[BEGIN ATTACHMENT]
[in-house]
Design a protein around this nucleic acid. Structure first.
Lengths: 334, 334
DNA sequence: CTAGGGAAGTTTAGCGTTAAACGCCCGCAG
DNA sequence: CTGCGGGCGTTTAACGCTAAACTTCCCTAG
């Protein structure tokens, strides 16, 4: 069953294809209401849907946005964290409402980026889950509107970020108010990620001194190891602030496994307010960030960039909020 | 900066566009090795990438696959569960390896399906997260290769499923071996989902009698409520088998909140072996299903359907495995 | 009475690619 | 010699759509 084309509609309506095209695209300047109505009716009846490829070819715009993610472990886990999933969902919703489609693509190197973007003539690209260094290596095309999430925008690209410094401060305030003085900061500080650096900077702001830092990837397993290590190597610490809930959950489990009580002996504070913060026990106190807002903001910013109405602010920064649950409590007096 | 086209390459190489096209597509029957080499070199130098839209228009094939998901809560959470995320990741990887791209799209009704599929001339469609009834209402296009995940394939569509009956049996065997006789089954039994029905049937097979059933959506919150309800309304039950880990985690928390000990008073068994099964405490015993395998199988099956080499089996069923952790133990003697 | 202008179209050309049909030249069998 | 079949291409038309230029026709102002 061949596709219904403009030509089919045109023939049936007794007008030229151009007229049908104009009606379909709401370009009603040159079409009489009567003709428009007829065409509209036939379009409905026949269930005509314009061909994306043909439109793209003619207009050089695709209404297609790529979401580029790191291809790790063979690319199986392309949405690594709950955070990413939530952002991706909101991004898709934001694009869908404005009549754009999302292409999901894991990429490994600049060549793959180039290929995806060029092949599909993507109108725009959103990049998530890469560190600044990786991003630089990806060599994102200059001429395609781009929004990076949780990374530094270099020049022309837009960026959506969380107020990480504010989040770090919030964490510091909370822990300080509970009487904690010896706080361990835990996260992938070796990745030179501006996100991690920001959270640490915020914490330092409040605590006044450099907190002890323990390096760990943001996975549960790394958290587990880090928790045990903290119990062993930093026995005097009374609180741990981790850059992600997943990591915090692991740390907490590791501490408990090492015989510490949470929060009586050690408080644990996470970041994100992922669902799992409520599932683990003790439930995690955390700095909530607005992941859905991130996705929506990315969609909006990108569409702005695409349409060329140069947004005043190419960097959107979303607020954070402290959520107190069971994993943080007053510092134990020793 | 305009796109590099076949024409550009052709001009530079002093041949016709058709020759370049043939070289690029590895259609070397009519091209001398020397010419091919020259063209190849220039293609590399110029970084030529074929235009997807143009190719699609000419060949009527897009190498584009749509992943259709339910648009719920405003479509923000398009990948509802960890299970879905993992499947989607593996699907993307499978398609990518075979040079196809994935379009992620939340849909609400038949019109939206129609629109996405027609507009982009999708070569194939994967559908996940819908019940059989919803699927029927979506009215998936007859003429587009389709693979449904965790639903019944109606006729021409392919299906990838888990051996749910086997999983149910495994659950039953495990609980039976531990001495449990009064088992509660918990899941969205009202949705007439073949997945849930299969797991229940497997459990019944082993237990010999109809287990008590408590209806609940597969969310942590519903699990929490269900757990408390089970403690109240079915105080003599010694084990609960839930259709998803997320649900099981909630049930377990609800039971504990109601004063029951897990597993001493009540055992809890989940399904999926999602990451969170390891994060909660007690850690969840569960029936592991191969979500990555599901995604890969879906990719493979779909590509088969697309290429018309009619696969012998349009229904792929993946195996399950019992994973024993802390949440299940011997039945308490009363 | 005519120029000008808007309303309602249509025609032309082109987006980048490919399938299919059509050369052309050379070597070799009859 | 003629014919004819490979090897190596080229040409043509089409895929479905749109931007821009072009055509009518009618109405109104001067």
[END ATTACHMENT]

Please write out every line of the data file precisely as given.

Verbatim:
[in-house]
Design a protein around this nucleic acid. Structure first.
Lengths: 334, 334
DNA sequence: CTAGGGAAGTTTAGCGTTAAACGCCCGCAG
DNA sequence: CTGCGGGCGTTTAACGCTAAACTTCCCTAG
């Protein structure tokens, strides 16, 4: 069953294809209401849907946005964290409402980026889950509107970020108010990620001194190891602030496994307010960030960039909020 | 900066566009090795990438696959569960390896399906997260290769499923071996989902009698409520088998909140072996299903359907495995 | 009475690619 | 010699759509 084309509609309506095209695209300047109505009716009846490829070819715009993610472990886990999933969902919703489609693509190197973007003539690209260094290596095309999430925008690209410094401060305030003085900061500080650096900077702001830092990837397993290590190597610490809930959950489990009580002996504070913060026990106190807002903001910013109405602010920064649950409590007096 | 086209390459190489096209597509029957080499070199130098839209228009094939998901809560959470995320990741990887791209799209009704599929001339469609009834209402296009995940394939569509009956049996065997006789089954039994029905049937097979059933959506919150309800309304039950880990985690928390000990008073068994099964405490015993395998199988099956080499089996069923952790133990003697 | 202008179209050309049909030249069998 | 079949291409038309230029026709102002 061949596709219904403009030509089919045109023939049936007794007008030229151009007229049908104009009606379909709401370009009603040159079409009489009567003709428009007829065409509209036939379009409905026949269930005509314009061909994306043909439109793209003619207009050089695709209404297609790529979401580029790191291809790790063979690319199986392309949405690594709950955070990413939530952002991706909101991004898709934001694009869908404005009549754009999302292409999901894991990429490994600049060549793959180039290929995806060029092949599909993507109108725009959103990049998530890469560190600044990786991003630089990806060599994102200059001429395609781009929004990076949780990374530094270099020049022309837009960026959506969380107020990480504010989040770090919030964490510091909370822990300080509970009487904690010896706080361990835990996260992938070796990745030179501006996100991690920001959270640490915020914490330092409040605590006044450099907190002890323990390096760990943001996975549960790394958290587990880090928790045990903290119990062993930093026995005097009374609180741990981790850059992600997943990591915090692991740390907490590791501490408990090492015989510490949470929060009586050690408080644990996470970041994100992922669902799992409520599932683990003790439930995690955390700095909530607005992941859905991130996705929506990315969609909006990108569409702005695409349409060329140069947004005043190419960097959107979303607020954070402290959520107190069971994993943080007053510092134990020793 | 305009796109590099076949024409550009052709001009530079002093041949016709058709020759370049043939070289690029590895259609070397009519091209001398020397010419091919020259063209190849220039293609590399110029970084030529074929235009997807143009190719699609000419060949009527897009190498584009749509992943259709339910648009719920405003479509923000398009990948509802960890299970879905993992499947989607593996699907993307499978398609990518075979040079196809994935379009992620939340849909609400038949019109939206129609629109996405027609507009982009999708070569194939994967559908996940819908019940059989919803699927029927979506009215998936007859003429587009389709693979449904965790639903019944109606006729021409392919299906990838888990051996749910086997999983149910495994659950039953495990609980039976531990001495449990009064088992509660918990899941969205009202949705007439073949997945849930299969797991229940497997459990019944082993237990010999109809287990008590408590209806609940597969969310942590519903699990929490269900757990408390089970403690109240079915105080003599010694084990609960839930259709998803997320649900099981909630049930377990609800039971504990109601004063029951897990597993001493009540055992809890989940399904999926999602990451969170390891994060909660007690850690969840569960029936592991191969979500990555599901995604890969879906990719493979779909590509088969697309290429018309009619696969012998349009229904792929993946195996399950019992994973024993802390949440299940011997039945308490009363 | 005519120029000008808007309303309602249509025609032309082109987006980048490919399938299919059509050369052309050379070597070799009859 | 003629014919004819490979090897190596080229040409043509089409895929479905749109931007821009072009055509009518009618109405109104001067």